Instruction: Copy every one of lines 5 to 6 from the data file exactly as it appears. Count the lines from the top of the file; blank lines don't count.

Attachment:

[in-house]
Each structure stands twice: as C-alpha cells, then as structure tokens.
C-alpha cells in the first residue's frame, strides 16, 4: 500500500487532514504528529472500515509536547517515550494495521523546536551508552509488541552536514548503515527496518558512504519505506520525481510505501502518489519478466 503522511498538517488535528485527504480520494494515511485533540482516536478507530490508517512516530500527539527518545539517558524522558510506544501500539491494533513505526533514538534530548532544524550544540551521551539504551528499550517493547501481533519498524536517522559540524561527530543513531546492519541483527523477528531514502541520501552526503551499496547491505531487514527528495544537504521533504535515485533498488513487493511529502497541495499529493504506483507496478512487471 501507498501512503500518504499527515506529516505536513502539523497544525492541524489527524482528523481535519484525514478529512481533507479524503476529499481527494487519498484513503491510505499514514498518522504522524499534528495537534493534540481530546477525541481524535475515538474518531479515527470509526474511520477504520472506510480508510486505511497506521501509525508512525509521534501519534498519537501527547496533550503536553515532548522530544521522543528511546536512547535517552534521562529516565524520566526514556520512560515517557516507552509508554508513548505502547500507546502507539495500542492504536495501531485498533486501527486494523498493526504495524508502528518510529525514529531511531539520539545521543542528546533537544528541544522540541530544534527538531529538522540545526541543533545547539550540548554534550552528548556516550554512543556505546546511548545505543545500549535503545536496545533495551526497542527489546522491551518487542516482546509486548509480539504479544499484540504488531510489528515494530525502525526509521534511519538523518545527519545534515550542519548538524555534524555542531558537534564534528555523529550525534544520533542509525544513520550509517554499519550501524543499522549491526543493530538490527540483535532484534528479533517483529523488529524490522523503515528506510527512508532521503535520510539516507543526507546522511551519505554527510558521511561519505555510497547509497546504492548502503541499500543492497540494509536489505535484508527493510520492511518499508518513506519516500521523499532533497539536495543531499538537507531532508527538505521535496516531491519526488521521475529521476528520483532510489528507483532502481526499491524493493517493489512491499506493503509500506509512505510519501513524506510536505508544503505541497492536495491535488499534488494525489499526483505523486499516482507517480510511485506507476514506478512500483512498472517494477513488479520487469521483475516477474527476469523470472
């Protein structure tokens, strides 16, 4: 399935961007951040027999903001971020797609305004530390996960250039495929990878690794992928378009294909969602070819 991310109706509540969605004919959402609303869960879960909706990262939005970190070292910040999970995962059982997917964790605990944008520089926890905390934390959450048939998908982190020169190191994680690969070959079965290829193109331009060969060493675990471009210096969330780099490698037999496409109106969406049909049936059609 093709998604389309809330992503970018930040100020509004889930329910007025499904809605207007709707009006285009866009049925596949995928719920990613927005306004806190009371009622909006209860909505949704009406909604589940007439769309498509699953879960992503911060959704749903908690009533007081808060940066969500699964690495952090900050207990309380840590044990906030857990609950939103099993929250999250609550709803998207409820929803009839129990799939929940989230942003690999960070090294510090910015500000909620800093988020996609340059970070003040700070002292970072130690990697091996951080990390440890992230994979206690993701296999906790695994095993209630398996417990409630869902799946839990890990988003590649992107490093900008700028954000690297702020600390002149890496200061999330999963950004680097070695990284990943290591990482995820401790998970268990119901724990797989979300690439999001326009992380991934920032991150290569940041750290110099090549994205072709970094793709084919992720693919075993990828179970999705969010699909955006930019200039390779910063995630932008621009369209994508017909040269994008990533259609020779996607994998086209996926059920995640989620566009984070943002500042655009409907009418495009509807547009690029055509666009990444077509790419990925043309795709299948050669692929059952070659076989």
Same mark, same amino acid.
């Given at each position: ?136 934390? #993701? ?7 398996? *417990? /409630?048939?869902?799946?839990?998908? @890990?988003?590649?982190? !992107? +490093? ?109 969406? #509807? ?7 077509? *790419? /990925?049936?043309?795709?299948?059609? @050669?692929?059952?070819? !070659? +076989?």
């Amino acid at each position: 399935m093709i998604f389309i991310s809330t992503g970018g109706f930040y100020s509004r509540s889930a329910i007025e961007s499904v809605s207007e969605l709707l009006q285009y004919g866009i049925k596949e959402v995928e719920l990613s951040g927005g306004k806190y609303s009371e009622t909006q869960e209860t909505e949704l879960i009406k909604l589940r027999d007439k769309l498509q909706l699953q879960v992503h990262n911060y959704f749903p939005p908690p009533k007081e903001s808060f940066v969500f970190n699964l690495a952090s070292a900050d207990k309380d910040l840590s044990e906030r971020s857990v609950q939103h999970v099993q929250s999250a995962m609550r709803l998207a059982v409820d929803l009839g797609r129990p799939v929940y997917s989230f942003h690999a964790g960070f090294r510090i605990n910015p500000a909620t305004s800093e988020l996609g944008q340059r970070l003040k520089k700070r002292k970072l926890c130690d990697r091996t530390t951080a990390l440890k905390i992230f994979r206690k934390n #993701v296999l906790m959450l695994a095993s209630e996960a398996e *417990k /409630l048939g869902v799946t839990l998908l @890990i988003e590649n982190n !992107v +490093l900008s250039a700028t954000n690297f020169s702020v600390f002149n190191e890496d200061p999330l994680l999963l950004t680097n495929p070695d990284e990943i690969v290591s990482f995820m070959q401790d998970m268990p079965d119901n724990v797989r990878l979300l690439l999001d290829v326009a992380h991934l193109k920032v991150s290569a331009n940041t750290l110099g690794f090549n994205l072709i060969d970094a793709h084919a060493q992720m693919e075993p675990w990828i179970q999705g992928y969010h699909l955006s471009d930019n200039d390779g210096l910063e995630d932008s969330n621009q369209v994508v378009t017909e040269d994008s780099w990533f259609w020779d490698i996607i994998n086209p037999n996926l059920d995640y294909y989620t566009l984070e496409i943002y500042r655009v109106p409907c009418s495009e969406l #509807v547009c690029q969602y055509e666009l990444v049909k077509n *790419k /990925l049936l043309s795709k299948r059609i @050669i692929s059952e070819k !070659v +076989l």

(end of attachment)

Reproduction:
Same mark, same amino acid.
């Given at each position: ?136 934390? #993701? ?7 398996? *417990? /409630?048939?869902?799946?839990?998908? @890990?988003?590649?982190? !992107? +490093? ?109 969406? #509807? ?7 077509? *790419? /990925?049936?043309?795709?299948?059609? @050669?692929?059952?070819? !070659? +076989?």